Tech studying hacks | How smartphones and tablets can help with learning | O2
Tech hacks to make studying more effective
These simple techniques can help anyone who’s studying to stay focused, motivated and on track.
Concentrating on your studies can be tough when your smartphone offers a world of entertaining distractions at your fingertips. One simple but effective change is to put your phone on "Do Not Disturb" mode or turn off notifications within messaging apps while you’re working. If your phone isn’t lighting up with messages from mates, you’ll be less tempted to pick it up. You can also block certain apps or features on your phone during specific points in the day (handy if you’re addicted to one game or social media platform in particular). If you have an iPhone, go to Settings > Screen Time. For Android users, it’s Settings > Digital Wellbeing.
Use your own voice
Sometimes, one of the trickiest things about writing an essay or report is getting your ideas from your brain to the page. Next time you’re dealing with that frustration, try turning to your phone’s built-in voice recorder app. Talk through the points you want to make as though you’re explaining them to a friend. Then listen back to your voice memo and take notes, either on paper or on your laptop or tablet. You’ll be amazed at how much this can help organise your thoughts. And if you’re an audio learner, why not record voice memos based on your revision notes? Listen to them while you’re out and about, as if you’re the host of your own educational podcast. Those facts will stick in your head before you know it.
Practise the pomodoro technique
This popular time management method is named after a tomato-shaped cooking timer (pomodoro means tomato in Italian). But thanks to the timer built into your phone’s clock app, you don’t need a plastic tomato to practise it. When you need to work or study, you set a timer for 25 minutes. During that time, you’re only allowed to work. No scrolling social media, no getting a snack from the fridge, nothing. When the timer goes off, you get a five-minute break (also timed), and then you repeat it – so another 25 minutes of studying and another five-minute break. Once you’ve done four consecutive 25-minute stints, you get a 30-minute break. The idea is that by breaking work down into short, manageable blocks, you’ll become more productive and focused.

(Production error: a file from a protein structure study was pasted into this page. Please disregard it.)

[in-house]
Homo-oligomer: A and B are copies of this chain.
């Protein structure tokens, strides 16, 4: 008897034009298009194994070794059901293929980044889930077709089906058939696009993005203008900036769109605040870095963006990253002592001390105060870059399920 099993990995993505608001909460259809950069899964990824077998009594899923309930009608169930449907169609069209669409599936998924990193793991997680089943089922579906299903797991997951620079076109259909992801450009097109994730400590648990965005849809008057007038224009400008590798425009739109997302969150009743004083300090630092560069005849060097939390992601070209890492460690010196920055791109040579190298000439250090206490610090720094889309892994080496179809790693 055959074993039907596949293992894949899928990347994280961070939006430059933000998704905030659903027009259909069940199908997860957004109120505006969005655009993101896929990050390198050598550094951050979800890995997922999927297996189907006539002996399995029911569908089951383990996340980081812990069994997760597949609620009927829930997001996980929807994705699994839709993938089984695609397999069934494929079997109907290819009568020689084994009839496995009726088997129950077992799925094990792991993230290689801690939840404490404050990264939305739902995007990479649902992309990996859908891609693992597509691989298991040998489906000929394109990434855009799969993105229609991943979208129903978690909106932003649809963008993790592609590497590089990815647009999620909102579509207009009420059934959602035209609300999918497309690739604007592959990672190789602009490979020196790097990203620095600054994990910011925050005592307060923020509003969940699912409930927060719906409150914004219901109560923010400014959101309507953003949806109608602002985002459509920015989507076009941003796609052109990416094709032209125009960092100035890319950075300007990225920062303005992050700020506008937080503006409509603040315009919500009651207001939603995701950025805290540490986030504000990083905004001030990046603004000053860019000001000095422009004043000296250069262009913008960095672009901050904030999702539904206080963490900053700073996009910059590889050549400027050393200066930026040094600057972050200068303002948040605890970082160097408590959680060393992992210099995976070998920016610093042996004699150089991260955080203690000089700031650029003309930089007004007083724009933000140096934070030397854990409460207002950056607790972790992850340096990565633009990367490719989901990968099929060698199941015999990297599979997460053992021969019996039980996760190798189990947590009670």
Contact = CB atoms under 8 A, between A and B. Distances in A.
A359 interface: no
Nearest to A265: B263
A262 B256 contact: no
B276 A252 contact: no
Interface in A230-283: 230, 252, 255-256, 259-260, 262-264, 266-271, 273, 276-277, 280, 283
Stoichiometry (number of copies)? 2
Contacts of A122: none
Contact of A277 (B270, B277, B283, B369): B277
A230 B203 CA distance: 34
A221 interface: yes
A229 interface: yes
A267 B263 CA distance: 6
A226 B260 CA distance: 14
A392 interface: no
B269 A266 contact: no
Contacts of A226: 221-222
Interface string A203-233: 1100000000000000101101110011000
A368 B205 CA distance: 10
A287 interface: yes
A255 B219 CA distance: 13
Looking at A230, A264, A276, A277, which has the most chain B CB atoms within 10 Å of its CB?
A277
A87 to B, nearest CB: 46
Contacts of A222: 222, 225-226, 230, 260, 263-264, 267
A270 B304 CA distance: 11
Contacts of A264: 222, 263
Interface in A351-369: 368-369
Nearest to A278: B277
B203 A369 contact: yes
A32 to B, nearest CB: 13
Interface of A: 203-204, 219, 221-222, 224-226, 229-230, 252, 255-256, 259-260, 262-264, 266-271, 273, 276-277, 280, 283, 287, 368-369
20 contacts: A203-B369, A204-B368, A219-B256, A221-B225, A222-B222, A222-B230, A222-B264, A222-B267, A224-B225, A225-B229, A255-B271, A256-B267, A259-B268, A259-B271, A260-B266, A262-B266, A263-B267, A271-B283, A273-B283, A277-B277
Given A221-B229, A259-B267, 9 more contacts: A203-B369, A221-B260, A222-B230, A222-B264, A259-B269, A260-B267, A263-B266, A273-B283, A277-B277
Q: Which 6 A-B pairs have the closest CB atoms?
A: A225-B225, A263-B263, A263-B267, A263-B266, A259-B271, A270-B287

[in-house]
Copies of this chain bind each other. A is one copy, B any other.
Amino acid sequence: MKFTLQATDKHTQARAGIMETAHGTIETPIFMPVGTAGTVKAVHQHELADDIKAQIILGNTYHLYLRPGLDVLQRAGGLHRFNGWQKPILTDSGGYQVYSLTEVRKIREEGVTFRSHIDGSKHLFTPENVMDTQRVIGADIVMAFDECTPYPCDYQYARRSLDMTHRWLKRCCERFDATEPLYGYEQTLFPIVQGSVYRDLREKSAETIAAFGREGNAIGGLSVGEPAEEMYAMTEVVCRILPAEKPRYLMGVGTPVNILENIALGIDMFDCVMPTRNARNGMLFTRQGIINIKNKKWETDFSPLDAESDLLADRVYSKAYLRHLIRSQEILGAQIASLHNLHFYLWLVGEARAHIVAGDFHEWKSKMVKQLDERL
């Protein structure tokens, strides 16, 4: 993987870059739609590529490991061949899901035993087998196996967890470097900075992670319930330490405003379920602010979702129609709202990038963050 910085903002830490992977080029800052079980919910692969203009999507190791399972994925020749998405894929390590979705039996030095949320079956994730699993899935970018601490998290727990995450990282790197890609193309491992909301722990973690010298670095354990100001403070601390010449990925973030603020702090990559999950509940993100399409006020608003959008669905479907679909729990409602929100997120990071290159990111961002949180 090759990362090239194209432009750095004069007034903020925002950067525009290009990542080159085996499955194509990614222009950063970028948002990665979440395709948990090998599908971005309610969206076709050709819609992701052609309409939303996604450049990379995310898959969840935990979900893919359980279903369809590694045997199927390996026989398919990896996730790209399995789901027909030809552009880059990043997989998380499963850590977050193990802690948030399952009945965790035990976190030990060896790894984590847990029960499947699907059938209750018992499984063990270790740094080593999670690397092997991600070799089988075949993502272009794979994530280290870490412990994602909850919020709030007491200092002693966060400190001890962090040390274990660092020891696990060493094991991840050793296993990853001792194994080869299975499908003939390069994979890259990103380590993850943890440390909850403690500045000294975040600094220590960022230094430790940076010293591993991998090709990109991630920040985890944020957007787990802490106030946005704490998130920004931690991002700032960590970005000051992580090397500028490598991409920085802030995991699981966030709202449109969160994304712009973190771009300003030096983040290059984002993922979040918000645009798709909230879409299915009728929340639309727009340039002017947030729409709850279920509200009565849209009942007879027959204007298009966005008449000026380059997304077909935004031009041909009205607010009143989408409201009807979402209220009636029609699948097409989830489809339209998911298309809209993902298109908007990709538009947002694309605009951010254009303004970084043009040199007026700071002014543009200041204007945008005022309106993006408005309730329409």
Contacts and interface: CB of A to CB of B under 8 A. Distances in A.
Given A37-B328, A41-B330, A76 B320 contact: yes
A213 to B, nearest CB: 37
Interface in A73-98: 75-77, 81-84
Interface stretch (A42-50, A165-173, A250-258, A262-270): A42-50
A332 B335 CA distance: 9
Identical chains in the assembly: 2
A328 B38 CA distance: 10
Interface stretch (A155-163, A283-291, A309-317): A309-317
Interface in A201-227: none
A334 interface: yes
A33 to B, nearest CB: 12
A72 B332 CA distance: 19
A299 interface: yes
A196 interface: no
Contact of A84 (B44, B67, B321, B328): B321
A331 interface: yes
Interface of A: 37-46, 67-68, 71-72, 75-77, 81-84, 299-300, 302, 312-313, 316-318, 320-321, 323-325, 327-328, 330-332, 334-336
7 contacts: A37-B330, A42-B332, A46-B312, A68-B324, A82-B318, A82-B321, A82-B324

Make the most of your tablet
Tablets can be a real asset to studying, especially if you’re a visual, tactile or interactive learner. Some models come with a pen or stylus, allowing you to sketch, scribble notes or highlight sections of text while you work. Plus, when you feel like you’ve been cooped up in the library or your bedroom for too long, a tablet makes it easy for you to work elsewhere. Download the worksheets, reports or textbooks you need and take your tablet to a park, café or bubble tea shop. Sometimes, a change of scene is all that’s needed to spark ideas and provide a much-needed boost of energy.